A lot of people condemned the original Assassin%26rsquo;s Creed%26rsquo;s repetition as its worst aspect. Wrong. Player character Desmond Miles, with his idle chit-chat and regular naps that too-often interrupted the flow of the game proper, was actually the lamest aspect of the action/adventure free-running killathon. PSP-exclusive sequel Assassin%26rsquo;s Creed: Bloodlines scraps these nonsensical sci-fi interruptions altogether, focusing completely on Crusades-era hitman Altair, and that means there%26rsquo;s more killin%26rsquo; than conversing.
The big thing to realize is that this game ignores most of the advances made in the stellar full-sized sequel, Assassin%26rsquo;s Creed II. A portable excursion across Cyprus, an unexplored area where the last of those douchebag Templars are hiding, Bloodlines sticks to the series%26rsquo; roots and adopts more from the first game. That means the horrendously repetitive structure that everyone justifiably criticized is back, and you%26rsquo;re going to follow dudes around a lot before getting to the good stuff, and even then, the stealth assassinations have been gutted in favor of full-blown boss battles.
Don%26rsquo;t get us wrong %26ndash; the action in Assassin%26rsquo;s Creed: Bloodlines, as well as the straightforward and fast-paced platforming, is as slick and enjoyable as it was in 2007, though the loading screens sprinkled throughout the cities kick the game%26rsquo;s flow in the %26lsquo;nads. The combat is full of brilliantly-animated flourishes and violent counterattacks that are easy and satisfying to execute. Brain-dead baddies won%26rsquo;t do much in the way of slicing and dicing, but the boss battles, which take the place of set-piece assassination objectives, are decently difficult %26ndash; our fight against a speedy, grab-happy boss called The Witch took a couple tries, which we didn%26rsquo;t expect. The battles are competent, if a little simplistic in setup, but it felt good clobbering fatties with chain whips and countering the lofty sword-swing of an armored brute. In that respect, Bloodlines feels like it%26rsquo;s lost in a limbo between the original Assassin%26rsquo;s Creed and God of War %26ndash; a good thing if you%26rsquo;re into those titles, but it executes expertly in neither regard.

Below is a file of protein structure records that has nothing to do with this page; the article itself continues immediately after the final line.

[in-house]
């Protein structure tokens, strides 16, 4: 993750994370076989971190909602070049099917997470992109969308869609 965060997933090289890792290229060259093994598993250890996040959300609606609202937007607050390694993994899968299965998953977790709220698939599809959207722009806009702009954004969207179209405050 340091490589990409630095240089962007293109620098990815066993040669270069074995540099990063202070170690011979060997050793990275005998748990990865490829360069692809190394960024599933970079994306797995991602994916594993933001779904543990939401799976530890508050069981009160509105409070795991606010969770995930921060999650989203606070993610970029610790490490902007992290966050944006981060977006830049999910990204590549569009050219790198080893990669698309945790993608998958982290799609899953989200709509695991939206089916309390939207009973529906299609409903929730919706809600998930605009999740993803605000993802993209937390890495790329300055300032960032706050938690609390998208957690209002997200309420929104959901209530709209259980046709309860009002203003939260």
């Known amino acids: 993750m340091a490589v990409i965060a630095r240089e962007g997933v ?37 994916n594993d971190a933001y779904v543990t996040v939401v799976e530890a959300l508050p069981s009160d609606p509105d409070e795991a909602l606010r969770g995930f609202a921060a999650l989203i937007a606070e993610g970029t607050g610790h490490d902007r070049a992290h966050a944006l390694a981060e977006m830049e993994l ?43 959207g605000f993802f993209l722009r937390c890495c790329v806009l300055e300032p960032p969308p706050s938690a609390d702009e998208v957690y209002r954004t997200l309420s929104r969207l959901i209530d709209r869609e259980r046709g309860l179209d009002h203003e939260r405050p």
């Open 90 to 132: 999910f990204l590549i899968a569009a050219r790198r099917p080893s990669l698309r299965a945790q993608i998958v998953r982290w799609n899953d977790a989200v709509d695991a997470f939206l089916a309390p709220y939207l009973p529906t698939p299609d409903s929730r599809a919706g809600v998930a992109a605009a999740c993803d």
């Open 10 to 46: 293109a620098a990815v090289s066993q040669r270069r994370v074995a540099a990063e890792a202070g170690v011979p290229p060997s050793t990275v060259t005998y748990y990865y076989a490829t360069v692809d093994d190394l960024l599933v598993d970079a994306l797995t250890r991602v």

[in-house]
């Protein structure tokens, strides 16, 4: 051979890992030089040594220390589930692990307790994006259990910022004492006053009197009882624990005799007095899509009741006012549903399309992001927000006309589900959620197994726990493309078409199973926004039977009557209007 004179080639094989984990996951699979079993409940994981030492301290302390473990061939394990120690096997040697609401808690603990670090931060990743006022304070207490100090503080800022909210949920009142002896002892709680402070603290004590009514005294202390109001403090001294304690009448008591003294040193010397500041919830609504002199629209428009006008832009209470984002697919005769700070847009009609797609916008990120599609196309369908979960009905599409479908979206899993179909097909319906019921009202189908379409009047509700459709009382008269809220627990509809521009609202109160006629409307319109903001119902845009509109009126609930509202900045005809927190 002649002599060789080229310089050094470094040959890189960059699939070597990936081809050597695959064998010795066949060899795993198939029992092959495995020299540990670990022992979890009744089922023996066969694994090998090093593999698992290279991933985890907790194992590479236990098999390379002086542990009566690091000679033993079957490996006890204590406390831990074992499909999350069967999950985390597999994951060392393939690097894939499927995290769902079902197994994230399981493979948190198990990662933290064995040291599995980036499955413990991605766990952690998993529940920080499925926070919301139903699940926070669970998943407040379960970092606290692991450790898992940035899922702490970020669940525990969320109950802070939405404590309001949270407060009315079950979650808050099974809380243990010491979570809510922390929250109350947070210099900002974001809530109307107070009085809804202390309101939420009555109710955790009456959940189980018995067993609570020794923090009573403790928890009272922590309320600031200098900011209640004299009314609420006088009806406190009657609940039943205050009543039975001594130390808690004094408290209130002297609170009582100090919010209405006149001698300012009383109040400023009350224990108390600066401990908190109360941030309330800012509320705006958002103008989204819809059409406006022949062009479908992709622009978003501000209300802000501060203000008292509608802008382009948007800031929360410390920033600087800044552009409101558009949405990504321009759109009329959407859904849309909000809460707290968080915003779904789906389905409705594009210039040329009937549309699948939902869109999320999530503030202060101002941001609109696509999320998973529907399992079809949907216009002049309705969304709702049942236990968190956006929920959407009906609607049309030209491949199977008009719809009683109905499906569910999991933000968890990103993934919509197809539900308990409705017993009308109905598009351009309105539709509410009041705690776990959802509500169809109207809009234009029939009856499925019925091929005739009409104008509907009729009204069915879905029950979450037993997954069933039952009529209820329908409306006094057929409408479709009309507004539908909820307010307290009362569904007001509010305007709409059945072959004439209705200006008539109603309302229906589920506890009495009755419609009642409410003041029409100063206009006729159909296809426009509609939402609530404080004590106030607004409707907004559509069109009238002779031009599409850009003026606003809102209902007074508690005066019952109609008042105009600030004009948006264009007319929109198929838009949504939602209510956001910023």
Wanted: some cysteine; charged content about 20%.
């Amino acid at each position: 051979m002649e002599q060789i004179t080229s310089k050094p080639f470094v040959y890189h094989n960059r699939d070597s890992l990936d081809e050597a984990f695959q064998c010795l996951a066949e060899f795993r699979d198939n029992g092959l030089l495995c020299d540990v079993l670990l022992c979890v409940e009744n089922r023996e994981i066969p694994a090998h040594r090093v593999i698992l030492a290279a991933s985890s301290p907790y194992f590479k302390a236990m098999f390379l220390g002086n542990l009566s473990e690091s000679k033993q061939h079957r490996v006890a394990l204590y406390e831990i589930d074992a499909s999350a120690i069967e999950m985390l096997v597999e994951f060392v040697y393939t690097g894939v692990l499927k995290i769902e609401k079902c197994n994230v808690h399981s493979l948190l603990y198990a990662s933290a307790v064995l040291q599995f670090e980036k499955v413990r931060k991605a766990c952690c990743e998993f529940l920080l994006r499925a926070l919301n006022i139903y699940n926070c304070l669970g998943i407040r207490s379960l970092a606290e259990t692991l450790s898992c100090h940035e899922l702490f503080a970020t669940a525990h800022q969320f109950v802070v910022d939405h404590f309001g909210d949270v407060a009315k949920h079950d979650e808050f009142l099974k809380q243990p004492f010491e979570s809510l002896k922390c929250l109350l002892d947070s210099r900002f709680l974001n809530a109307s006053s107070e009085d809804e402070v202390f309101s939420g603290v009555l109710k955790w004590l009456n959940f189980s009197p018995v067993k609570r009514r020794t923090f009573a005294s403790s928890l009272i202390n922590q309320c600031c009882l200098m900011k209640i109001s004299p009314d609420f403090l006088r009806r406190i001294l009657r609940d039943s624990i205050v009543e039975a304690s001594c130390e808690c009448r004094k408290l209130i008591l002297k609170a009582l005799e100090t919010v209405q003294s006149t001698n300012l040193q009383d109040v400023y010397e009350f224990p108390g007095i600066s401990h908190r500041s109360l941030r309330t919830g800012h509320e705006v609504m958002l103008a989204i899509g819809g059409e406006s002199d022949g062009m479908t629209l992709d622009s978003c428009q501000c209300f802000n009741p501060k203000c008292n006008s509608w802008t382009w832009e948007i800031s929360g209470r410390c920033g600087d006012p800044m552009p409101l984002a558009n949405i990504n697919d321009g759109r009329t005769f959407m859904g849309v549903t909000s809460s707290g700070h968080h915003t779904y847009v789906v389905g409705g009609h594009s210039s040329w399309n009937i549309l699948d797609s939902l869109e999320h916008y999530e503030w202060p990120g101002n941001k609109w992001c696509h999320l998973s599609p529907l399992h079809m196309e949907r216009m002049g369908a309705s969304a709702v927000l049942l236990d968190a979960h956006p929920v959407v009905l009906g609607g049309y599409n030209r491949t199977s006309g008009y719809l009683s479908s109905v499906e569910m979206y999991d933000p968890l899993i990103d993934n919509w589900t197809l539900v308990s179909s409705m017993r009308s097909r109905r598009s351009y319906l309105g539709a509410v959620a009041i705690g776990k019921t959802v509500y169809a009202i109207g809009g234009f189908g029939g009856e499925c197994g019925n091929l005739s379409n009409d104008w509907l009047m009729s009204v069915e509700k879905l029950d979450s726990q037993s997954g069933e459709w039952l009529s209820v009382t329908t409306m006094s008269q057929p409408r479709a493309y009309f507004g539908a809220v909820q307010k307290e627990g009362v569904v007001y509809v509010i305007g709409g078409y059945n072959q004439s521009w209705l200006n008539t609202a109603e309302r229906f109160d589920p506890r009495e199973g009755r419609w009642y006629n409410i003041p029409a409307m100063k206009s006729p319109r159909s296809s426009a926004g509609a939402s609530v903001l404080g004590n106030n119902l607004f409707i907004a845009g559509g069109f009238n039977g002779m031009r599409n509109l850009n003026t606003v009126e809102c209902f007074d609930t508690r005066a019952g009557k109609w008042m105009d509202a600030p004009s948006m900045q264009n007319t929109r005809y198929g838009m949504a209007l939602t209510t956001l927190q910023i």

Part of the problem is, as expected, the gruesome repetition of looping missions. The same structure applies to almost every aspect of the narrative, which is disappointingly forgettable and full of boring fluff characters. Cinematics are followed by investigations, and eventually assassinations that are preceded and followed by a gauntlet run to and from your target. Escaping castles is exciting, though we often found them to be an artificial way of inflating the game%26rsquo;s length. You%26rsquo;ll rattle off the game%26rsquo;s seven chapters in as many hours, and the listen-attack-escape structure gets old pretty quick.
We can%26rsquo;t wrap our heads around the %26ldquo;why%26rdquo; of Assassin%26rsquo;s Creed: Bloodlines. Not its existence, mind you. We love a good mix of portable platforming and swordplay, even if the PSP is prone to awkward analog controls and intolerable cameras %26ndash; and this is no exception. But Bloodlines adopts too many ideas from its origins rather than the impressively improved sequel, which seems completely counterproductive. There%26rsquo;s a lot to like about Assassin%26rsquo;s Creed on PSP, provided you%26rsquo;re tolerant of its heavy flaws, and we love that you can connect it to your PS3 and unlock new weapons in Assassin%26rsquo;s Creed 2 %26ndash; we just wish the developers had looked more to the future rather than the past when creating it.
Nov 30, 2009